As I heaved my muddy back pack onto my shoulders once more that morning in northern Sumatra I couldn’t help feel a sense of relife. Sure, my hike had challenged me with leaches, thick mud, heat and mosquitos but what had just happened was on an entirely new level and had sent my pulse into overdrive.
My hiking buddies and I had already marched in composed silence for a couple of hours that morning along the old logging trail that lead to the Bahorok river ahead. Each of us was absorbed by the slippery, mud caked path upon which every step had to be chosen wisely in order to avoid a grimy fall. The humming and the buzzing of insects all around us was as intense as ever and somewhere in the distance I remember the occasional howl of a lonely Gibbon.
Suddenly, there was a sound of crushing undergrowth not too far in front of us. We froze as the rummaging got louder and closer. I felt the a surge of excitement and reached for my camera not really knowing what to expect. Our guide was stiff, a look of apprehension all over him, one arm raised in the air, hand clenched in a fist urging us all not to move.
Then, some forty metres or so on the path ahead, an adult female orangutang appeared from the bushes. She was perhaps four feet tall, apparently in good health with a long shiny orange coat of fur. She peered straight at us on the trail for a few intense seconds and then slowly started to approach unthreateningly, with a clear intent of joining our party.
Our guide remained still but gone was his sense of urgency. He knew this ape well and assured us, as it wobbled closer, that the animal had grown in a rehabilitation centre and had been fostered back into the wild some years ago. The orangutang had no fear of humans, he said and occasionally made an appearance on the tourist trodden trails.
I barely had time to take off my rugsack hoping for a few minutes of rest when the ape was upon us and in a fraction of a second, before I could react, my left hand and arm were in her firm clasp.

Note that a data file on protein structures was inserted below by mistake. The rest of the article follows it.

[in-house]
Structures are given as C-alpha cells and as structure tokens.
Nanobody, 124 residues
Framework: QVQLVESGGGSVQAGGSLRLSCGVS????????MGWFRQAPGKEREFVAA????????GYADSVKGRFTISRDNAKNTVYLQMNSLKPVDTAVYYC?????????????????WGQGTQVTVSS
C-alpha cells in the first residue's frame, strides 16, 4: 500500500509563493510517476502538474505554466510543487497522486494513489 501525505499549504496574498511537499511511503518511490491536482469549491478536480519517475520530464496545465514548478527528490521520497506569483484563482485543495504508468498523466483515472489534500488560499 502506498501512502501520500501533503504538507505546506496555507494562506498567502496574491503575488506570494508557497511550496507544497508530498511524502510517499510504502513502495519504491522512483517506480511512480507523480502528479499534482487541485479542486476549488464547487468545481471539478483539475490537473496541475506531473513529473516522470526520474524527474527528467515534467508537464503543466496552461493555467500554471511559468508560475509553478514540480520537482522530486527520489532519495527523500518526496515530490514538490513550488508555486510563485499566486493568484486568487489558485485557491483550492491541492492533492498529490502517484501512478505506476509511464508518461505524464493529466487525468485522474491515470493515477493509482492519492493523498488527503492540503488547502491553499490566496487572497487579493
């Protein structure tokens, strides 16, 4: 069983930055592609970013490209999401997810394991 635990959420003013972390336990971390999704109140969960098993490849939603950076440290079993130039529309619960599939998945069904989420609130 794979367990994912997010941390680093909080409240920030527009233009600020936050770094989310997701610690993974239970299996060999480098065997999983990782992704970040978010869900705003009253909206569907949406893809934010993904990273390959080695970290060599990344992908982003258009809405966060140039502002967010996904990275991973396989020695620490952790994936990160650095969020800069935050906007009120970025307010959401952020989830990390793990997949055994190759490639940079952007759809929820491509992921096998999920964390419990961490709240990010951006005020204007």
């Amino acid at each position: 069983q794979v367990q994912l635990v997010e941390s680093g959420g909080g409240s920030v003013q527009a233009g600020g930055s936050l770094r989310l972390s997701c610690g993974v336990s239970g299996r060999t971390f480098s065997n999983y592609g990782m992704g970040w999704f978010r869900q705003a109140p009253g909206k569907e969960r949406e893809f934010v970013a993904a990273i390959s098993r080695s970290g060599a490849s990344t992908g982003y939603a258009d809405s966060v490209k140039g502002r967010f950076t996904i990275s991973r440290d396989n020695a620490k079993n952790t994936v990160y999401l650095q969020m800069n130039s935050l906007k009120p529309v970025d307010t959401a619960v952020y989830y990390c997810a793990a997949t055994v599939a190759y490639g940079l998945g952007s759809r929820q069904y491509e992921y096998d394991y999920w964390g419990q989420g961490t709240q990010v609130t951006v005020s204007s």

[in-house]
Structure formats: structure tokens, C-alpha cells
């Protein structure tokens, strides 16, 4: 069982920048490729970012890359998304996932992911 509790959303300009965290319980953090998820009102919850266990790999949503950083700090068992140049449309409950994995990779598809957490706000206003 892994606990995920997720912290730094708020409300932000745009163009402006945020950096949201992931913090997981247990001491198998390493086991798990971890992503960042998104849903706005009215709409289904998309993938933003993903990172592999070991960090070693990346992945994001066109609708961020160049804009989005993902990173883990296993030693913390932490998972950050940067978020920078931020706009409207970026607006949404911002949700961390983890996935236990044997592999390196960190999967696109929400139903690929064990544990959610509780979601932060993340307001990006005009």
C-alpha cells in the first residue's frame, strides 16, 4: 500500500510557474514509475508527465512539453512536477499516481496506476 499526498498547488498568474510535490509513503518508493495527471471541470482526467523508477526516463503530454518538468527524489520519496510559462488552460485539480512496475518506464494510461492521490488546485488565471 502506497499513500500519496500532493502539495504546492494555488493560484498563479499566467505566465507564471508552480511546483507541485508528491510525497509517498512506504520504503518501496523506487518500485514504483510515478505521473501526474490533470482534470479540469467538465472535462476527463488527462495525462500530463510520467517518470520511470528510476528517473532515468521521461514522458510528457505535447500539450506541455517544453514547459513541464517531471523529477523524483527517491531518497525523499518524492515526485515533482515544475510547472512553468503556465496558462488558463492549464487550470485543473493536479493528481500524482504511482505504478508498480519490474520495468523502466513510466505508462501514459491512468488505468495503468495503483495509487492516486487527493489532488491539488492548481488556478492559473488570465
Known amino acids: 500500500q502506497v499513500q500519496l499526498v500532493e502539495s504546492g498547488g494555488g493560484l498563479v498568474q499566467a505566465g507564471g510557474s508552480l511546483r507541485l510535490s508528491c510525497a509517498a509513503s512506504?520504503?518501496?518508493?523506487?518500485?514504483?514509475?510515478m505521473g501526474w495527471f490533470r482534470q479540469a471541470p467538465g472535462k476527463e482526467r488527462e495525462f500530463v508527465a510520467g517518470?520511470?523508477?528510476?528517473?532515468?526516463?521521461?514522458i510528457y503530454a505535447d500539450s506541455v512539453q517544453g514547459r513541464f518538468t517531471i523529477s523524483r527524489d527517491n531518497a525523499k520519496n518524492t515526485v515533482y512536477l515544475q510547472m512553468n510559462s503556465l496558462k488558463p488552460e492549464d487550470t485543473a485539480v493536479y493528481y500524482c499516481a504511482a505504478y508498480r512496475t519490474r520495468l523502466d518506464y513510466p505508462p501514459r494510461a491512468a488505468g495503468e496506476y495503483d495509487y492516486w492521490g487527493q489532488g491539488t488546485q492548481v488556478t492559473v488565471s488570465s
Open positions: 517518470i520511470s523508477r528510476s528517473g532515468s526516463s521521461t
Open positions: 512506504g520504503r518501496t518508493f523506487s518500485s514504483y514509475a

I felt calm to start off with as there seemed nothing to be alarmed about. I took this extraordinary encounter as a photo opportunity and asked others in the group to take some snaps with my camera. The ape’s touch felt soft and warm, not unlike the hand of a human. It was reassuring. My new primate friend seemed to pose willingly with me for pictures and even looked straight at the camera for more than just a few.
However, once I had satisfied myself with the shots, I began to feel uncomfortable with animal’s grip. I could see there was no sign from ape of relenting her clasp. I tried to pull free whilst keeping a smile but of course there was no chance to get out the animal’s hold. She was immensely stronger than I could possibly have imagined and her hand held tighter and tighter the more I fought. Now I was getting anxious, I felt threatened, breaking free was a matter of urgency, but I realised that the orangutang could easily overpower me and even snap a bone or bite should she choose to do so. Struggling was futile, there was no way i could win so I chose not to antagonise my captor any further and simply stood still.
The ape had me totally under her power and I looked around for support from my pals. They all saw my concern and told me reiassuringly to remain calm. Someone reached for the contents of their backpack, pulled out banana and waved it in the air. That was what it took. My arm was released instantly with a dash by the ape to grab the prised ransom. I was free and spent a moment examining my arm. Just a bit sore, no damage, no bruising, all good.
So, please don’t even think about offering a hand, arm or limb to an ape. Apes have evolved to live on trees where they climb and swing from branches all day, we all know that. What we might not be aware of is that although they appear smaller than us, make no mistake, they’re immensly stronger than a human, more than you could immagine and once they have you in their grip there is no getting away … unless you have bananas that is.
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